In the UK, the Human Fertilisation and Embryology Authority has given the “green light” to the creation of hybrid cow-human embryos–part animal, part human–for the sake of stem cell research. Almost sounds like a horrible joke, doesn’t it? (Unlike my title, which is a horrible joke.) But no joke: it’s a reality.
You can read the BBC article yourself, which discusses the decision: “‘Human-animal’ embryo green light” — actually, the article (as of my viewing this evening) contains a number of links to previous articles which can give the interested reader a view of the issue’s progression, including the shifting views of the British government. One can be sure that money has played its role, as well–similar to the cries of those who believe the U.S. must accept all forms of stem cell research or risk its standing as a leader in the biosciences and, of course, the economic standing that goes with it (a January 2007 Larry Summers FT article comes to mind on this; here’s the link, but the article requires subscription).
Some will take comfort in the fact these hybrid part cow/part human embryos are to be destroyed within 14 days of their creation. Some will take comfort in the fact that such research may, one day, lead to the cures of many diseases. Some may take comfort in the fact that strict protocols will be developed for these procedures. None of these considerations provides me any comfort, I must say.
On the other hand, some will be concerned with the ethical boundary that is being crossed here. Some will be concerned with the sorts of things the public seems increasingly willing to allow in the name of “cures” and will be concerned with the role of easily-manipulated public opinion in establishing ethical guidelines for the practice of medicine and science. Some will be concerned about what other morally and ethically challenged research will be OK’d in the future using the same reasoning. Count me in that group.
Humanity is something to be treasured as unique. Man and woman are the only beings on earth made in the image of God (Genesis 1:26). Even those atheists who disregard that truth and believe that no “God” ever said such a thing must admit that this principle of the unique status of man on the earth has been an important and vital concept woven into the fabric of our culture — playing a major role in the crafting of civilization, itself. Proverbs 22:28 warns both the religious and irreligious alike: “Do not remove the ancient landmark which your fathers have set.” Has the removal of this landmark really been given proper consideration?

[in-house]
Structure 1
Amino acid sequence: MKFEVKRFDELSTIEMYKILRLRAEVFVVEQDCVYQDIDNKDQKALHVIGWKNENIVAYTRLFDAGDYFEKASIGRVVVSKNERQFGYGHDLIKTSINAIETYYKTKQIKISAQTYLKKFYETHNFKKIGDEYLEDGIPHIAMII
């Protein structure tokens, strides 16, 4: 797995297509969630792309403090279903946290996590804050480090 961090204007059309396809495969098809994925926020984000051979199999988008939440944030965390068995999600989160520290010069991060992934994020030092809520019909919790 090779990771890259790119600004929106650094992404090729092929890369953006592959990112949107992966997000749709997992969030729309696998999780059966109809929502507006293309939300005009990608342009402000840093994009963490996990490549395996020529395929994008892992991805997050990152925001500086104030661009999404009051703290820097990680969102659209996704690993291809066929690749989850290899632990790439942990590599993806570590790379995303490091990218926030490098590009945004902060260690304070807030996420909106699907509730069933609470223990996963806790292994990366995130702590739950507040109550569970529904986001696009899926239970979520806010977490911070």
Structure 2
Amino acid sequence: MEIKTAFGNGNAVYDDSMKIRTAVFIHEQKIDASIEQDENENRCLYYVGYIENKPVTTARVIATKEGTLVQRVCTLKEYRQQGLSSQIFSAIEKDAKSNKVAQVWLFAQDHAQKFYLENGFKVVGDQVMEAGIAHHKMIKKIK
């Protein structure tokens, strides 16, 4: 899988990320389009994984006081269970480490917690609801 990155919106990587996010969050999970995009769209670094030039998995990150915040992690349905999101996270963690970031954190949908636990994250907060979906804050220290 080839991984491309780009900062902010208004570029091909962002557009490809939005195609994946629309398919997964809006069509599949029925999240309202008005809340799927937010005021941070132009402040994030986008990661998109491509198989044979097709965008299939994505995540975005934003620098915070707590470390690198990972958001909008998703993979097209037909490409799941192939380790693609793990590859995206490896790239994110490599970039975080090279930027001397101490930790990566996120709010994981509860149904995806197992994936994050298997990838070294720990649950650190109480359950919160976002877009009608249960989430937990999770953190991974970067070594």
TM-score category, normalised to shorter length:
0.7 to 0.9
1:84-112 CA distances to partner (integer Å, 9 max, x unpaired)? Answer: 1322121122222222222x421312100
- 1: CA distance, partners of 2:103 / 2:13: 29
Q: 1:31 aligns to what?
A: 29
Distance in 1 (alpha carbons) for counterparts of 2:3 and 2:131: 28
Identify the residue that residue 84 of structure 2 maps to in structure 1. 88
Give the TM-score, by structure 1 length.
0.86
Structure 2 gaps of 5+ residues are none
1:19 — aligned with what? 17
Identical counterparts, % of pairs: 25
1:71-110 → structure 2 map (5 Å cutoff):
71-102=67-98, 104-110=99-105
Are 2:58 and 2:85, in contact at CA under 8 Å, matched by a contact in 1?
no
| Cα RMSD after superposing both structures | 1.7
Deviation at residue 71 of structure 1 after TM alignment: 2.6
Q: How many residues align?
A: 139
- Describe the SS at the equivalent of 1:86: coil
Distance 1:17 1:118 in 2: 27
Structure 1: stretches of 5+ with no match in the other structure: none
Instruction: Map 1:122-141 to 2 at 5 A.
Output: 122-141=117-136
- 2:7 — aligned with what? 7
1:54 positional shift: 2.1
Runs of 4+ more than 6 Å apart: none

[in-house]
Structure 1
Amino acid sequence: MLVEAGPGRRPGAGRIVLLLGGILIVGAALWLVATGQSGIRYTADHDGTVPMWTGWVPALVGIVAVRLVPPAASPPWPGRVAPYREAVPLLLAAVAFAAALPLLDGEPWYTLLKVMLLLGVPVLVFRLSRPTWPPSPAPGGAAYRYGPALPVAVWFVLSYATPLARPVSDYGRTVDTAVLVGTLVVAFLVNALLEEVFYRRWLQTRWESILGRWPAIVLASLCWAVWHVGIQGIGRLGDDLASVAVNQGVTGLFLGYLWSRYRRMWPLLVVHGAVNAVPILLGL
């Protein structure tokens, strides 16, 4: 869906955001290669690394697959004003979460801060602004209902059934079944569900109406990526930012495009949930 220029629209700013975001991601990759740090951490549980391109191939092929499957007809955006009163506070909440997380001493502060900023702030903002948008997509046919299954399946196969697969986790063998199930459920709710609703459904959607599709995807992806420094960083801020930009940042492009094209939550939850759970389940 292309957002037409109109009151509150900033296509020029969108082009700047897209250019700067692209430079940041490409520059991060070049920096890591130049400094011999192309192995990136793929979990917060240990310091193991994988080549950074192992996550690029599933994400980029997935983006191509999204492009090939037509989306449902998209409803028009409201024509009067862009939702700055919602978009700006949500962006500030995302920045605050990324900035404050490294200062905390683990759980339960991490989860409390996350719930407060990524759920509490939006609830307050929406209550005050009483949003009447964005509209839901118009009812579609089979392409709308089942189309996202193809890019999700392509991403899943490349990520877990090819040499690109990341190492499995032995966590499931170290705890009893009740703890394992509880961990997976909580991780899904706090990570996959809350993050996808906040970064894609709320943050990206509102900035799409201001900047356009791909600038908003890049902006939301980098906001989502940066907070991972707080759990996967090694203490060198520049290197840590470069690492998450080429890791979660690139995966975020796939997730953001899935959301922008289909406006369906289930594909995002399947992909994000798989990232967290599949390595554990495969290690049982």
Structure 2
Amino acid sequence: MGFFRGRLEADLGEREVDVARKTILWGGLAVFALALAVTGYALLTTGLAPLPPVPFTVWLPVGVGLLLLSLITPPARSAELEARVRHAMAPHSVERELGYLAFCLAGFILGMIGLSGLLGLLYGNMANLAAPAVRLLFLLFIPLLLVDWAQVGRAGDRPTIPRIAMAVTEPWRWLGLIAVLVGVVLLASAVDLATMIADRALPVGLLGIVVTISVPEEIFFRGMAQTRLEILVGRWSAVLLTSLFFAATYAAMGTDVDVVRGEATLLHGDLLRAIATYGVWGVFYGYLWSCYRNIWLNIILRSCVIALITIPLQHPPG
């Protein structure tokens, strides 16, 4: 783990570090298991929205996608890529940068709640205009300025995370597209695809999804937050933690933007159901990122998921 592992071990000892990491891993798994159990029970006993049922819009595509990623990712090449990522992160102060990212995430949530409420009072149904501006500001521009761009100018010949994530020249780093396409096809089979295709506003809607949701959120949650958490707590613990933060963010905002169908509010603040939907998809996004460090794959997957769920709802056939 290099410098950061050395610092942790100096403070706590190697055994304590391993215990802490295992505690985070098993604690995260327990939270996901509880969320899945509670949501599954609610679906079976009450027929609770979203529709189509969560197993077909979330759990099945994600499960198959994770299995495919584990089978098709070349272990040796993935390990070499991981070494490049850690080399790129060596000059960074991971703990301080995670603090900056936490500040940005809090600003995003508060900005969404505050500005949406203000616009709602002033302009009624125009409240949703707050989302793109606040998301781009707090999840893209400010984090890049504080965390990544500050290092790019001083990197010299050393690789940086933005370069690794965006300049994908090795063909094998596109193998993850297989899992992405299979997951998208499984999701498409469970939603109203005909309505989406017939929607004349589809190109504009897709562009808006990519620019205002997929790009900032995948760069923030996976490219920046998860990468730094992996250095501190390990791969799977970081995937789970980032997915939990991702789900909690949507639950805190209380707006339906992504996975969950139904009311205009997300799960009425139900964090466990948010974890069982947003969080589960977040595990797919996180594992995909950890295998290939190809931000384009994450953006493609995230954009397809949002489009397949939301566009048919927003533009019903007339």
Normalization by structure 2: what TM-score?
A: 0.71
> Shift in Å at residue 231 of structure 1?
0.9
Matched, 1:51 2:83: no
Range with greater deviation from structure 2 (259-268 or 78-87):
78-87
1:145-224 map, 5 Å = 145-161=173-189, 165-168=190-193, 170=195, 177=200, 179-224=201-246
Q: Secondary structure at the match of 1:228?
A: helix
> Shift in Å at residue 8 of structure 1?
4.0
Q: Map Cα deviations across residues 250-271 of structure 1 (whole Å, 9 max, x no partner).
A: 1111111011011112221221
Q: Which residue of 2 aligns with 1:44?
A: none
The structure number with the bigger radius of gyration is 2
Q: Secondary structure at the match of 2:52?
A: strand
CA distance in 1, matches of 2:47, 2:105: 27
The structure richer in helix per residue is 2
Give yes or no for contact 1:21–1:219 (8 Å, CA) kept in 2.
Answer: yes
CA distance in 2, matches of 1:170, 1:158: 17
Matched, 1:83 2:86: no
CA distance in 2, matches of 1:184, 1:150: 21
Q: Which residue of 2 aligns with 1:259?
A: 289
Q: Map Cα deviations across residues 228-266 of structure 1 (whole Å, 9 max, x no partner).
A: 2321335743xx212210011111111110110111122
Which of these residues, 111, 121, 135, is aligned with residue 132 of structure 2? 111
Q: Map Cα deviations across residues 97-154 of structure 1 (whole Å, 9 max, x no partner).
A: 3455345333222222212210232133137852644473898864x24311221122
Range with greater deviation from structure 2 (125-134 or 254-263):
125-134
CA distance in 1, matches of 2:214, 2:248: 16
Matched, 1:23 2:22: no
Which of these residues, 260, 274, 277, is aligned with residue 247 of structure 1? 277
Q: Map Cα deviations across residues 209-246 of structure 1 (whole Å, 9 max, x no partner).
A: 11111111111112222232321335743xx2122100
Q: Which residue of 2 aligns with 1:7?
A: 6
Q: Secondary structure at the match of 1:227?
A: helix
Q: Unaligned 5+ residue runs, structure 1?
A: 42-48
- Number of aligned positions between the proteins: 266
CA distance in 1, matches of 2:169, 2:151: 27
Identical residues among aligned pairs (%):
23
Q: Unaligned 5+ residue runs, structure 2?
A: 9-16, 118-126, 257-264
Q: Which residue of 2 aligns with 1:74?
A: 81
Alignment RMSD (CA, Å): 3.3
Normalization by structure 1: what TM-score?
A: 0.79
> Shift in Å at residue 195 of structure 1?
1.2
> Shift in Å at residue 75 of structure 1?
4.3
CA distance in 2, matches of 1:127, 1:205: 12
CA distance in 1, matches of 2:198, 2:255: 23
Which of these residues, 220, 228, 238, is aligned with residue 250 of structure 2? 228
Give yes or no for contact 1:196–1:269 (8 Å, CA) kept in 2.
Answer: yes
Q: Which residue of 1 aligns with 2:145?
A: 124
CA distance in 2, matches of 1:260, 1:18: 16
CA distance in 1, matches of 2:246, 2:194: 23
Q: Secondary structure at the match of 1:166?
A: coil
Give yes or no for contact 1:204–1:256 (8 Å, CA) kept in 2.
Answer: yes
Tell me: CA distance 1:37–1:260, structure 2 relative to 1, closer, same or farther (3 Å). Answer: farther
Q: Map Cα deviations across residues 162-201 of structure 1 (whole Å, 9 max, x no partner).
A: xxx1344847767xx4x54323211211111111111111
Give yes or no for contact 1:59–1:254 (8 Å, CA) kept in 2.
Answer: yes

[An I-Can’t-Help-It Aside: There is a reason that we speak of treating animals “humanely.” If we treated animals like animals treat animals then we would routinely tear them to pieces for our own benefit, whatever the benefit, without mercy or compunction. It’s amazing how so many (though not necessarily all) who argue that we’re “just animals” tend to demand that we behave so differently from animals — that is: that we behave so humanely. On the differences between man and beast and how humans are obligated to treat animalkind, Mr. Crockett has an excellent commentary here.
OK, back on topic…]
In terms of prophecy, I do see in this a reflection of Matthew 24:12, but I see elements of 2 Timothy 3:1-4 in all of this, too. Arguable, to be sure, but that’s my take (“unholy” definitely seems to fit). Increasingly, God is not seen as having any role at all in determining the boundaries on what is acceptable scientific endeavor, and any shred of self-restraint in consideration of what used to be common sense notions is categorized more and more as “quaint but unhelpful.”
Once, long ago, when God saw that mankind was able to achieve anything it desired — without restraint — He saw that this was a bad thing and did something about it (Gen. 11:6-7). As we witness this new breed of “cowboy” making its appearance on the earth here in the 21st century, do any of you get a sense of what God might have been thinking? I do.
Thankfully, He will intervene this time, too (Matthew 24:22), but things will get awfully ugly before then.